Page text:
The “Transparency” Proposed by the General / Miriam Celaya

While this Sunday in Libya the final hours of the Gaddafi dictatorship transpired, the official newspaper Juventud Rebelde, in an article published on page 7, affirmed, citing a Telesur report, “The Libyan government denied the alleged departure of Muammar al-Gaddafi.” According to this newspaper, echoing a Gaddafi’s spokesman, Ibrahim Mussa, such fabrications were part of NATO’s “psychological warfare and media campaign to spread panic among the population”. The spokesman added that the Libyan population responded to these slurs “with loud laughter because they do not believe that the Libyan leader will leave the country.”

Just two days before (on August 19th), page 7 of Granma stated, also citing Telesur, that “Despite constant bombardment that has killed more than 1,200 civilians, Libyans gathered in the Green Plaza confirmed their willingness to defend the nation while listening to a new audio statement from the leader Muammar al-Gaddafi”. On Thursday the 18th even Granma had omitted any reference to the situation in Libya, while a headline on page 4 on Wednesday the 17th read: “NATO admitted that the conflict in Libya ‘is far from over’.”

Over the past five months, the official Cuban press has supported the amazing audio exhortations of the Libyan satrap – vain with the arrogance that befits a dictator, but well-protected in some unknown bunker — calling on his people to sacrifice themselves for the dictatorship, and he has also presented his words as credible when he claimed “There will be an end to this, to the opposition, and end to the defeated NATO.” Judging by the “news” and official media analysts, the Libyan Government had (has) the unconditional and massive backing of the people, and the defeat of the rebels and of NATO would just amount to a few negotiations. In all cases, the “information” for Cubans has been so biased that the numerous media reports of foreign agencies that have followed step-by-step the conflict in that country in North Africa have been deliberately ignored. The unequivocal source of the official Cuban newspaper has always been Telesur, which is no accident, given the wave of friendship that flows between the owner of that TV station, the apprentice of totalitarianism, Hugo Chavez, the Libyan despot and the Cuban regime. Birds of a feather.

The truth is that wires regularly consulted on our Internet connections, and our training to interpret the official press in reverse, have been telling us that events in Libya were developing differently. It was evident that the rebels (the contemptuous Castro media calls them “mercenaries and traitors led by the self-proclaimed National Transitional Council”), supported by NATO, were closing the net around Gaddafi. Contrary to the false triumphalism of Gaddafi’s friends, it was obvious that the days of the “socialist” Libyan regime were already numbered.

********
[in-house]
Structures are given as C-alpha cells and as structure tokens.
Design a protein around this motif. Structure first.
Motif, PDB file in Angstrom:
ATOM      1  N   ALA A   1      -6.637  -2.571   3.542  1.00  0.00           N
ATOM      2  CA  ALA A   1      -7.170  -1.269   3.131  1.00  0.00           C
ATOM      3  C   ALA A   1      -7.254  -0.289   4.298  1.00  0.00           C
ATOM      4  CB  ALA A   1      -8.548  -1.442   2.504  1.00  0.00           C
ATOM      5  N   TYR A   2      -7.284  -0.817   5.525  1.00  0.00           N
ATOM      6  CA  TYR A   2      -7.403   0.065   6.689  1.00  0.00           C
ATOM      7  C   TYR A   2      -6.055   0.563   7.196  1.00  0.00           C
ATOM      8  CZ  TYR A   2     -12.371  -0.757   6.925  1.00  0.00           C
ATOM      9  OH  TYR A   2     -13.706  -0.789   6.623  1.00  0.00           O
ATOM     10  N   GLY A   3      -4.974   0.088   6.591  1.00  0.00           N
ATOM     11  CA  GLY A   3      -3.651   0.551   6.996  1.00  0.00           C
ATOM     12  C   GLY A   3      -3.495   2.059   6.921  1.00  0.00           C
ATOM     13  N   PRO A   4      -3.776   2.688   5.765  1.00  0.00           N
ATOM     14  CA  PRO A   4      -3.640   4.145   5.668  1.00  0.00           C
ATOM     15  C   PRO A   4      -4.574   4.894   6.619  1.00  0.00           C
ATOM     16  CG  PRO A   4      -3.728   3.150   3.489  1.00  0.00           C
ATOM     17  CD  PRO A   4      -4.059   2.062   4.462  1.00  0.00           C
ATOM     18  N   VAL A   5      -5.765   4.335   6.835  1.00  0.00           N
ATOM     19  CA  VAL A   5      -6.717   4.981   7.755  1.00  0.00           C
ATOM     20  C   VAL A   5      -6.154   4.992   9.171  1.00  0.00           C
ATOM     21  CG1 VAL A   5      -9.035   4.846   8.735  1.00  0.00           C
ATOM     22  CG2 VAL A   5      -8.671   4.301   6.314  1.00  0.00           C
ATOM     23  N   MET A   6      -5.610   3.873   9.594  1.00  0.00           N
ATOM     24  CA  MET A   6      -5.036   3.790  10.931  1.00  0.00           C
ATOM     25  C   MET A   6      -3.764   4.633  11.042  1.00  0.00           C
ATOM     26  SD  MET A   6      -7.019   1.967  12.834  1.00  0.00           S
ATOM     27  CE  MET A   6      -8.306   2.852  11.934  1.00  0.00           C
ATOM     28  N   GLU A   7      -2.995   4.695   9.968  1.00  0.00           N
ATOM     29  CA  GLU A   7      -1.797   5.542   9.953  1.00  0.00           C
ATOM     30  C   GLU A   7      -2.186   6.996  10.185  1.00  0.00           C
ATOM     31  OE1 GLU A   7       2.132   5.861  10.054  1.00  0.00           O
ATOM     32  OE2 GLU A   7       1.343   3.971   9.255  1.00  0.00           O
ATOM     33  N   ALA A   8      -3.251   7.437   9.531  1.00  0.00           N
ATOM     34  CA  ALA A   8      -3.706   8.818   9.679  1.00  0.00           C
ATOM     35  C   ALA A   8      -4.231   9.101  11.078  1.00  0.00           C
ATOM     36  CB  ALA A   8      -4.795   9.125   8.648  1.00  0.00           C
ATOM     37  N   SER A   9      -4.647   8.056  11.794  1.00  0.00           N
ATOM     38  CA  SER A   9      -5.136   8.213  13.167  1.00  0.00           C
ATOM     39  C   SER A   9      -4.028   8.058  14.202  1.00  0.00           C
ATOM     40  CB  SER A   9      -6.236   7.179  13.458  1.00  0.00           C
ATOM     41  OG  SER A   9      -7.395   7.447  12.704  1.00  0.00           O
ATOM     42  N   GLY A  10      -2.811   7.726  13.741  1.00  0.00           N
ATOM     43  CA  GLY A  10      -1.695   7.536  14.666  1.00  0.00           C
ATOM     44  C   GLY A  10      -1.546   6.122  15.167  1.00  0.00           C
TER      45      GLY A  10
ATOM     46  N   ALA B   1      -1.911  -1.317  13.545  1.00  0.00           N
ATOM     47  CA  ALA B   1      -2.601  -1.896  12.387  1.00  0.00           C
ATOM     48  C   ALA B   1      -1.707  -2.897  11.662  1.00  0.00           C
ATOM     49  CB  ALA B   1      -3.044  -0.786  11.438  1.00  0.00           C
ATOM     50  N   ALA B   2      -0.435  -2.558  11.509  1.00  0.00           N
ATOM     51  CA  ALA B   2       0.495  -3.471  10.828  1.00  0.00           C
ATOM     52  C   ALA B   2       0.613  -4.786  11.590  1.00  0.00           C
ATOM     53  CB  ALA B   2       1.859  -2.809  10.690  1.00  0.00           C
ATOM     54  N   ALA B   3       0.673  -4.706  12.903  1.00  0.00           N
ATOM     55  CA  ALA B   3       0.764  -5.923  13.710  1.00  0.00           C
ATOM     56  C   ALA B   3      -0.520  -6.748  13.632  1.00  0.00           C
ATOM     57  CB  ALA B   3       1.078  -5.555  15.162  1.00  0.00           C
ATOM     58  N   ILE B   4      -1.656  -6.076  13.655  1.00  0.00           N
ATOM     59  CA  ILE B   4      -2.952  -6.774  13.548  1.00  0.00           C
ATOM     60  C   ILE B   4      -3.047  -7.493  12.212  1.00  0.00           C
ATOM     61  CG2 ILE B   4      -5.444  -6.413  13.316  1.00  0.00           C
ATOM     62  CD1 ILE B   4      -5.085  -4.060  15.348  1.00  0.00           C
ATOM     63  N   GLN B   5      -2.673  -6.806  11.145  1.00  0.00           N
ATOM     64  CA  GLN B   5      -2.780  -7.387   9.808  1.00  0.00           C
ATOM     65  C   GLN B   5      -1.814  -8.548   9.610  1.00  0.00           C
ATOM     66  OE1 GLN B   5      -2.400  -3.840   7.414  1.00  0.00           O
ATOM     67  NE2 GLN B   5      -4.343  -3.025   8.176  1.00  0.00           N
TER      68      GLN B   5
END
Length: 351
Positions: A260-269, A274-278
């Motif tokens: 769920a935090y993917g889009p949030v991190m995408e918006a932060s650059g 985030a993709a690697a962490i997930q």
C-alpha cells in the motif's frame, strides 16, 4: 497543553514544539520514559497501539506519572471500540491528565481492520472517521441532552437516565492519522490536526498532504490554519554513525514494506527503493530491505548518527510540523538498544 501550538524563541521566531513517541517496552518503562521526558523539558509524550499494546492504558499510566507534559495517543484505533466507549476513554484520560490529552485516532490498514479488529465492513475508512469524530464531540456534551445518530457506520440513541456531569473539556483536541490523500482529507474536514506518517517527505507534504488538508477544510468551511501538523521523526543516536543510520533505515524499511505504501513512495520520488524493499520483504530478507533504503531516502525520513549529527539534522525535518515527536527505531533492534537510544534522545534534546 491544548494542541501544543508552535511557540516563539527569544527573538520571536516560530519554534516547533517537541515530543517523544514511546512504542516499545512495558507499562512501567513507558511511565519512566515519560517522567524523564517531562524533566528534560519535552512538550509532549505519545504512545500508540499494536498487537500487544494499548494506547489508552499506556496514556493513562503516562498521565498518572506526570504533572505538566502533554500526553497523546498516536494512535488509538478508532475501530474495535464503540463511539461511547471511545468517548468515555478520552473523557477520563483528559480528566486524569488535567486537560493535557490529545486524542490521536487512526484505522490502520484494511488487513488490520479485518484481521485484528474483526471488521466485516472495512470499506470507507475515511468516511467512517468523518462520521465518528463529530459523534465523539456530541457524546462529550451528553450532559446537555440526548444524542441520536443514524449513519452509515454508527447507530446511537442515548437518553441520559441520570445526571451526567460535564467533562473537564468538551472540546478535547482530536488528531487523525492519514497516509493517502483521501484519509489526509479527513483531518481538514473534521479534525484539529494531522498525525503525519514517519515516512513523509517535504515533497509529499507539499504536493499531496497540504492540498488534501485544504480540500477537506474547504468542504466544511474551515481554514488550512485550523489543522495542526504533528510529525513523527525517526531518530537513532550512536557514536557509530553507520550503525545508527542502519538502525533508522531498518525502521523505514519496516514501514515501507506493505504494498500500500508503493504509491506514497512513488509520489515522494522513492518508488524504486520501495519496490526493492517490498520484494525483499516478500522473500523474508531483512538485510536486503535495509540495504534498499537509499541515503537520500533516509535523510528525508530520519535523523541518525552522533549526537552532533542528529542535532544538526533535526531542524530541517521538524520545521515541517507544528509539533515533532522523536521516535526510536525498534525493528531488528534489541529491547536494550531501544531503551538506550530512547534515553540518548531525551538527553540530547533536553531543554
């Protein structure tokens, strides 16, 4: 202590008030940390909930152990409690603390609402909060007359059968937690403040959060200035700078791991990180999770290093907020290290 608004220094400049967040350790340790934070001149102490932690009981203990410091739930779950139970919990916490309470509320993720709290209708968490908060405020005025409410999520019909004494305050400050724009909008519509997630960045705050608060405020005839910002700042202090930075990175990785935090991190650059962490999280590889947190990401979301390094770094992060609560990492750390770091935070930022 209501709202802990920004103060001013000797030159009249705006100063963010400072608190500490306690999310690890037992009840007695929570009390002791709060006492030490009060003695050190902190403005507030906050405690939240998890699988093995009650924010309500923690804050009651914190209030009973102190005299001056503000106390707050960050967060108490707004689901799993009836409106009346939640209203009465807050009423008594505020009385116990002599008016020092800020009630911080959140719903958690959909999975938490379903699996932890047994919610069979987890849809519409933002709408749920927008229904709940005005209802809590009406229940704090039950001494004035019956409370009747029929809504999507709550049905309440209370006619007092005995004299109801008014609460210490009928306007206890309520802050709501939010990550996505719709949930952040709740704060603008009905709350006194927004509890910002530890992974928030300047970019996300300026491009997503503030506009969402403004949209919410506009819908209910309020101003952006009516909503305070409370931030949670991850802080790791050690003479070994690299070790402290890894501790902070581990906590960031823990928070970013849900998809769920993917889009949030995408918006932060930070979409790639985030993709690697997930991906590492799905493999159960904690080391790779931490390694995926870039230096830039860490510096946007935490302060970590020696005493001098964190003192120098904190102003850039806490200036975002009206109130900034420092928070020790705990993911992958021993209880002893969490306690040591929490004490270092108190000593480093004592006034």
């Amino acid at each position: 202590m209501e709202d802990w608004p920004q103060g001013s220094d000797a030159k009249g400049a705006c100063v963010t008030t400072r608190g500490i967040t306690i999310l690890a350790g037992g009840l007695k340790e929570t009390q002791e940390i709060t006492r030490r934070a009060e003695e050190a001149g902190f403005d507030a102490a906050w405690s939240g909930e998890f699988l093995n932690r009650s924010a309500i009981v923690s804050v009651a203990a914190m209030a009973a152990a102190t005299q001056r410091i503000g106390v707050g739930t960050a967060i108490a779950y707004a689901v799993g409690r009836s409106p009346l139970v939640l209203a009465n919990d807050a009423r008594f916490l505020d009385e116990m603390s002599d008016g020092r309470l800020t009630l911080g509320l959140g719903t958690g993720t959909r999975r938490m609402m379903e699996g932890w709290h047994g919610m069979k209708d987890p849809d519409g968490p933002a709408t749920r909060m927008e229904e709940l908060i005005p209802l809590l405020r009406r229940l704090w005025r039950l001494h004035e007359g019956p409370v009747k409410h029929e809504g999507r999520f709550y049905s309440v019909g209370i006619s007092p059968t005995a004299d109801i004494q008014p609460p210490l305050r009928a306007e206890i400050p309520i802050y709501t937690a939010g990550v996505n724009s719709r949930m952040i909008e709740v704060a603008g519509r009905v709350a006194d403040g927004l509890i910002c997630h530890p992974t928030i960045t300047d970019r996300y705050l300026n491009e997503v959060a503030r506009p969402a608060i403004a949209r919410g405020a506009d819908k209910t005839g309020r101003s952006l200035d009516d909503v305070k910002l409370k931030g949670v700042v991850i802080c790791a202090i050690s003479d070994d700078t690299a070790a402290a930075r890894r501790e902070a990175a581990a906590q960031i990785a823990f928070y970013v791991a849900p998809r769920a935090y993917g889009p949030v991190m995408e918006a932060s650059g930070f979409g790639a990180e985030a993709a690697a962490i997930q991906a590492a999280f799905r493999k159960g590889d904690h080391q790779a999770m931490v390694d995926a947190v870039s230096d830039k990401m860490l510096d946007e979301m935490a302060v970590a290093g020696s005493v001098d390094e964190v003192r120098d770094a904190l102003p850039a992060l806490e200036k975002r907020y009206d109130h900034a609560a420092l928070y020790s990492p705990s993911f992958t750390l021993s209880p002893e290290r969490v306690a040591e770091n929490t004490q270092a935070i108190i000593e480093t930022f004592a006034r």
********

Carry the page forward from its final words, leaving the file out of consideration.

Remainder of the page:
This past Sunday August 21, 2011 I was getting several messages on my mobile phone and other information confirming the departure of the rebels from Tripoli, the arrest of Gaddafi’s sons and a group of his closest collaborators and the surrender of his security guards, so I tuned in to the stellar broadcasting of the TV news program, awaiting the official confirmation of the imminent fall of the Libyan regime, and I had the time of my life watching the stuttering and baffled newscasters who didn’t seem to understand the nature of the dis-information they were reading. In the first report, they presented a speech by Gaddafi’s son stating that “he wouldn’t raise the white flag”, alluding to his refusal to give up (the same son who, it’s rumored, was captured), and immediately afterwards they showed pictures of agitated crowds in Green Square, the same plaza in which a short time before, according to Telesur and the Cuban press, “The Libyan people were meeting in mass” vowing to defend Gaddafi’s government to their death.

The astonished expression of the poor Cuban media professionals, while reading reports that were inconsistent and contradictory to what was happening in Libya, were the epitome of the ridiculous: “NATO is responsible for the deaths that occurred in Libya. Gaddafi’s security guards have given up. It is confusing what is happening at the Green Plaza. Angola and Zimbabwe have offered the Libyan leader political asylum”, the newscasters stated. On screen, the people’s cheer belied any possibility of “confusion”; it was all very clear: Gaddafi had been defeated and the people were happy about it. However, at no time during the program did they acknowledge the true situation in Libya.

At the same time, many old and new images circulated through my memory, including Gaddafi still young, arrogant and proud, many years ago, receiving the highest distinction awarded by the Cuban government: the Order of José Martí, perhaps as a reward for the many crimes he committed against his people and, more recently, just in recent days, the image of the General-President Raúl Castro in a friendly embrace with a senior representative of the Libyan government, though we were never told what he was doing in Cuba. I also thought of the General’s own indication to develop a new brave, honest and transparent journalism during the Sixth Congress of the CCP, just four months ago. If the coverage of what happened in Libya is an example of what our reformist General considers information transparency, we can clearly intuit how little faith we should place in the “renewal” of the press, and similarly, in the sincerity of larger undertakings.

August 22, 2011